TIME: “Producing oil from the sands in northern Alberta can be destructive to the local environment, requiring massive open-pit mines that strip forests and take years to recover from.”
- The vast majority of bitumen from the oil sands region is harvested without the use of pits, ponds or mining of any sort – via a process known as “in situ.” According to MIT: “For in-situ methods, most of the bitumen is separated from the oil sands underground by thermal means. The bitumen is then pumped to the surface for further processing. Approximately 80 percent of the deposits in Canada … can only be recovered by in-situ methods.”
- And not only are surface disturbances being reduced, carbon emissions are as well. According to the U.S. State Department, oil sands development projects “have reduced greenhouse gas emissions intensity by an average of 39 percent between 1990 and 2008 and are working toward further reductions.” (State Dept, final EIS for KXL, Aug. 2011)
- As for the land-use argument, left unmentioned in TIME is that boreal forests of Canada span almost 60 percent of the land mass of the entire country – but only 0.02 percent of that acreage has been affected in any way by oil sands development. Far from destroyed, the land used for oil sands operations must be reclaimed by law.
TIME: “The tailings from those mines are toxic.”
- According to the Government of Alberta, tailings are made up of natural materials including water, fine silts, bitumen remnants, salts and soluble organic compounds. They also include solvents that are added to bitumen during the separation process. As mentioned above, less than 20 percent of oil sands development involves the use of surface impoundments.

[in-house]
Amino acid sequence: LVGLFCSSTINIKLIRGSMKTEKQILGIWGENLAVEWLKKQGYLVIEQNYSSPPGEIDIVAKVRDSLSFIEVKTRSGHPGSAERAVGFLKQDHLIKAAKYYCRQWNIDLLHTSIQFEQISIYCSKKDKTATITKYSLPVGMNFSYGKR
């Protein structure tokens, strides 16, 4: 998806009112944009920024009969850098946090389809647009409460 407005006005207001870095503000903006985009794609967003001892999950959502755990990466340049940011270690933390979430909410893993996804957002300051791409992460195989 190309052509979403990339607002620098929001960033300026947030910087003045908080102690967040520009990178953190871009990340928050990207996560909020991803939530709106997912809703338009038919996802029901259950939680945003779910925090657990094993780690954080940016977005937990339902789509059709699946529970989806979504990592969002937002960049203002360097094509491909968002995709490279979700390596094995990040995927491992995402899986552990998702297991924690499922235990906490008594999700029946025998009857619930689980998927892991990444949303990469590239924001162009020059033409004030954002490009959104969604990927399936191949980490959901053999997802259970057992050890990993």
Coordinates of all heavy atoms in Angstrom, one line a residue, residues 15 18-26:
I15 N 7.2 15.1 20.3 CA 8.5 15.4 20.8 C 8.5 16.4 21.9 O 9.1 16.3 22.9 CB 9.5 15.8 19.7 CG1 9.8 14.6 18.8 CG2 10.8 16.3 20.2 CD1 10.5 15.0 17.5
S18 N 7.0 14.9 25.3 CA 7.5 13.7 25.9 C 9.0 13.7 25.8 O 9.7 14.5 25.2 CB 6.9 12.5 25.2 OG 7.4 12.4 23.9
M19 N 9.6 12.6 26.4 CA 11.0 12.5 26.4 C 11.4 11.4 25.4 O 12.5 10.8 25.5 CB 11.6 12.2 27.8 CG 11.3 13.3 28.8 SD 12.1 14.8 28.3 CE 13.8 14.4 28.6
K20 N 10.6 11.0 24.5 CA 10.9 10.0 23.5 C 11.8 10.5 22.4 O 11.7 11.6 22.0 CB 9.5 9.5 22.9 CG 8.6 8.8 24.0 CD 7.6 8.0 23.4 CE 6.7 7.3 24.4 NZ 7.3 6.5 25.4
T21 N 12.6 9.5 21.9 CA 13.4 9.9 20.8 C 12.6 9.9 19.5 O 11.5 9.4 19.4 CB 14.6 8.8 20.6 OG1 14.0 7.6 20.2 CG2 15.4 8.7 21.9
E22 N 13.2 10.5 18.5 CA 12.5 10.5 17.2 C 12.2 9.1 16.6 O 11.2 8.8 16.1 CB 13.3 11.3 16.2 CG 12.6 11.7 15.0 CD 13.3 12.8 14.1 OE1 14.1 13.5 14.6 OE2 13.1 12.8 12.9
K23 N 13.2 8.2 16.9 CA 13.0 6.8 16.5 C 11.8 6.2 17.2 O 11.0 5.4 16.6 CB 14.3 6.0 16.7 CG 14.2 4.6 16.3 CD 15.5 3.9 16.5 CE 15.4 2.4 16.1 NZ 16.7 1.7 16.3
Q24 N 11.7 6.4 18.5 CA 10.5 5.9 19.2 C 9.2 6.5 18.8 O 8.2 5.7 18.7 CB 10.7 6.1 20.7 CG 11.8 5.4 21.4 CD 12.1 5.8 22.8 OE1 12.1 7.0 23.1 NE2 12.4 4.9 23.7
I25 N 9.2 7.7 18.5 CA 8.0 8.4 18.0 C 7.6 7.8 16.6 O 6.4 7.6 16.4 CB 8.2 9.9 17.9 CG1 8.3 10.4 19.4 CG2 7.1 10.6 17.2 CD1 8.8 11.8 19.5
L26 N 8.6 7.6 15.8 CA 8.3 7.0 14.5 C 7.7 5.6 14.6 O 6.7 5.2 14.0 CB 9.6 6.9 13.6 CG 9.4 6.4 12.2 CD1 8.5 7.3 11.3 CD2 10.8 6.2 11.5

- More from Alberta government: “Comprehensive monitoring programs have not detected impacts from tailings ponds on surface water or potable groundwater."
TIME: “As a result, a barrel of oil-sand crude usually has a 10 percent to 15 percent larger carbon footprint than conventional crude over its lifetime, from the well to the wheels of a car.”
- The well-to-wheels, or life-cycle analysis, of a fuel typically measures carbon emissions from the beginning of oil production to combustion. According to IHS CERA data, the average oil sands import to the United States is only 6 percent more intensive than U.S. crude supply and is comparable to that of oil. Indeed, according to that same study, 80 percent of emissions come from the combustion of the fuel in a car’s engine – not the production, refining and delivery of the fuel.
- IHS CERA: “Over the past five years the GHG intensity of U.S. oil sands imports has been steady, and over the next two decades the average is projected to remain steady or decrease slightly.”
- Carbon emissions as a result of oil sands development account for only 0.1 percent of global greenhouse gas emissions (GHGs). According to Environment Canada: “[T]he oil sands industry has been reducing its per-unit emissions, and in 2009 intensity was actually 29 percent lower than in 1990. This reduction in intensity is positive as larger and larger portions of production are derived from oil sands.”
About The Author
Sabrina Fang is an API media relations representative. Before joining API she worked for the Washington Humane Society and was a reporter for Tribune Broadcasting and covered the White House for seven years. Fang studied broadcast journalism at Syracuse University before starting her career. She enjoys reading, watching movies and spending time with family.